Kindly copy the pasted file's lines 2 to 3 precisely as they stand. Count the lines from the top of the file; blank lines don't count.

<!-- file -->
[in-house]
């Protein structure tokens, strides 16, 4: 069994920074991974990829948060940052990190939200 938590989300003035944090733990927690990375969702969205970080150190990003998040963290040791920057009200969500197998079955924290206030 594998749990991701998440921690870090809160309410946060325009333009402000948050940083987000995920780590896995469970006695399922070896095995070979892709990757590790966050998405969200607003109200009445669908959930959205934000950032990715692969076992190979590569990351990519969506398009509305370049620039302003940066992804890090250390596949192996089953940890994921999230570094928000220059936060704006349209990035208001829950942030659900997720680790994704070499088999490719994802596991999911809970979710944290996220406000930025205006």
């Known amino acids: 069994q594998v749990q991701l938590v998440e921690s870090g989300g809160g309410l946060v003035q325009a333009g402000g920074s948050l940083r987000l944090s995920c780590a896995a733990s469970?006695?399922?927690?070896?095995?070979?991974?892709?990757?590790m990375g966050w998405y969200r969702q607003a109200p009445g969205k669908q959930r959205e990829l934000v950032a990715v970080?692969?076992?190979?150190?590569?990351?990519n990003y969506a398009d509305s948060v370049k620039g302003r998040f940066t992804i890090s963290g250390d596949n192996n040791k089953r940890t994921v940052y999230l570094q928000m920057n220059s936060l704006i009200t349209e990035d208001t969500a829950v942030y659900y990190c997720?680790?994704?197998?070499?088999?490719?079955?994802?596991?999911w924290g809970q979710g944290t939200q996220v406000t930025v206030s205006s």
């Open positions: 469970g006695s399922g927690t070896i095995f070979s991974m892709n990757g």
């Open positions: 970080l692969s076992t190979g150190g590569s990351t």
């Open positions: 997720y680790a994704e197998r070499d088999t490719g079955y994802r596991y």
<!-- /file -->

């Protein structure tokens, strides 16, 4: 069994920074991974990829948060940052990190939200 938590989300003035944090733990927690990375969702969205970080150190990003998040963290040791920057009200969500197998079955924290206030 594998749990991701998440921690870090809160309410946060325009333009402000948050940083987000995920780590896995469970006695399922070896095995070979892709990757590790966050998405969200607003109200009445669908959930959205934000950032990715692969076992190979590569990351990519969506398009509305370049620039302003940066992804890090250390596949192996089953940890994921999230570094928000220059936060704006349209990035208001829950942030659900997720680790994704070499088999490719994802596991999911809970979710944290996220406000930025205006």
């Known amino acids: 069994q594998v749990q991701l938590v998440e921690s870090g989300g809160g309410l946060v003035q325009a333009g402000g920074s948050l940083r987000l944090s995920c780590a896995a733990s469970?006695?399922?927690?070896?095995?070979?991974?892709?990757?590790m990375g966050w998405y969200r969702q607003a109200p009445g969205k669908q959930r959205e990829l934000v950032a990715v970080?692969?076992?190979?150190?590569?990351?990519n990003y969506a398009d509305s948060v370049k620039g302003r998040f940066t992804i890090s963290g250390d596949n192996n040791k089953r940890t994921v940052y999230l570094q928000m920057n220059s936060l704006i009200t349209e990035d208001t969500a829950v942030y659900y990190c997720?680790?994704?197998?070499?088999?490719?079955?994802?596991?999911w924290g809970q979710g944290t939200q996220v406000t930025v206030s205006s």